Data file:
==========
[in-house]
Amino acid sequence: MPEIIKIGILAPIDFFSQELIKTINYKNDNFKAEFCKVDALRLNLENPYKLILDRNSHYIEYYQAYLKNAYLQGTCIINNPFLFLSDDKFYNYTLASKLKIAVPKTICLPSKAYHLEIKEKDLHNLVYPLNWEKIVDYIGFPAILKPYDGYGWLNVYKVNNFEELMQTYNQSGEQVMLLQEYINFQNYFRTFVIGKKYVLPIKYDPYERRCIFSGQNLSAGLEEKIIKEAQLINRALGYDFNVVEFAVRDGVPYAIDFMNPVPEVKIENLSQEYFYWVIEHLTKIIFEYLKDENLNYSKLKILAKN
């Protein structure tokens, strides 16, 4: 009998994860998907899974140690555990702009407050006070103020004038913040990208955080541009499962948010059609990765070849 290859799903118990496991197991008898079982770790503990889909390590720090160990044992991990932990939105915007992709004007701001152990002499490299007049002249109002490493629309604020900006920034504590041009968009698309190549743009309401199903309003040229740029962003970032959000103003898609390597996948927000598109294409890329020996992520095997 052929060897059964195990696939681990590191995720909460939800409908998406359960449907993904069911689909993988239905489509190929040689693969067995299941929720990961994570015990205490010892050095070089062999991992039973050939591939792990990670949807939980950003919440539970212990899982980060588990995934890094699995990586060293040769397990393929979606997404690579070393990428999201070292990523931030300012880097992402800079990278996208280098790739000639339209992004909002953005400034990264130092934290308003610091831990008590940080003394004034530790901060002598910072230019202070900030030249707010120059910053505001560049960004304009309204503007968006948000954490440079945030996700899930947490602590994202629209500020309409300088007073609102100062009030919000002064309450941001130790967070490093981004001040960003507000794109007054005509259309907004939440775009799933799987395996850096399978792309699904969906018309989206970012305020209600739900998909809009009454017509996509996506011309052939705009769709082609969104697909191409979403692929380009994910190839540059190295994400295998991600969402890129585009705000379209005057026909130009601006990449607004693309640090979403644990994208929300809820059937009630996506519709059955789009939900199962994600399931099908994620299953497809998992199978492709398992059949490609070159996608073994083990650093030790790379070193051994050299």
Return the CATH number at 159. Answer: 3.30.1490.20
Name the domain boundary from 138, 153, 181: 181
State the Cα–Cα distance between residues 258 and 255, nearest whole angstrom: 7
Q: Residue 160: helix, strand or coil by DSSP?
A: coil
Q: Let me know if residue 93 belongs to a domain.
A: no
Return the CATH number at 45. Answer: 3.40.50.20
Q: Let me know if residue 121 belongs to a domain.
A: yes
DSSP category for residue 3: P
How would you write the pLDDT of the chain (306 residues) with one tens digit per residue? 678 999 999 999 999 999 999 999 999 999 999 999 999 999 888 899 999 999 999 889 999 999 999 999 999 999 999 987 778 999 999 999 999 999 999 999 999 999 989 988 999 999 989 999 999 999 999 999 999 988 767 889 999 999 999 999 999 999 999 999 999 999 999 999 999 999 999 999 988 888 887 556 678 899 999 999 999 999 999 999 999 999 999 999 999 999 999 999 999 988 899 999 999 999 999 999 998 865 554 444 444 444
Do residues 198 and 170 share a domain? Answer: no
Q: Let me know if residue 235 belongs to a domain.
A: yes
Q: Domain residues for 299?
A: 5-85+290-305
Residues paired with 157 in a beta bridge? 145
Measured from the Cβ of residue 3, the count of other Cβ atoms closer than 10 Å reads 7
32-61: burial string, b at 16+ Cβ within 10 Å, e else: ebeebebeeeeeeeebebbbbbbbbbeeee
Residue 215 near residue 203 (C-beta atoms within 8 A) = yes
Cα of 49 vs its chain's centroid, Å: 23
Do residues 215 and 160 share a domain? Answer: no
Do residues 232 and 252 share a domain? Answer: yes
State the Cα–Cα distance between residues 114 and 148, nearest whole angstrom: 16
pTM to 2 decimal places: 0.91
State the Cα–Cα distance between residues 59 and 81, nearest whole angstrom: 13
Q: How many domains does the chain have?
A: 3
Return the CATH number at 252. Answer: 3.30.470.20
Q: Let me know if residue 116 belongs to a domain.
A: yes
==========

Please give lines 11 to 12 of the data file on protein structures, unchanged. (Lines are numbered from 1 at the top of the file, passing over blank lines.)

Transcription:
Return the CATH number at 45. Answer: 3.40.50.20
Q: Let me know if residue 121 belongs to a domain.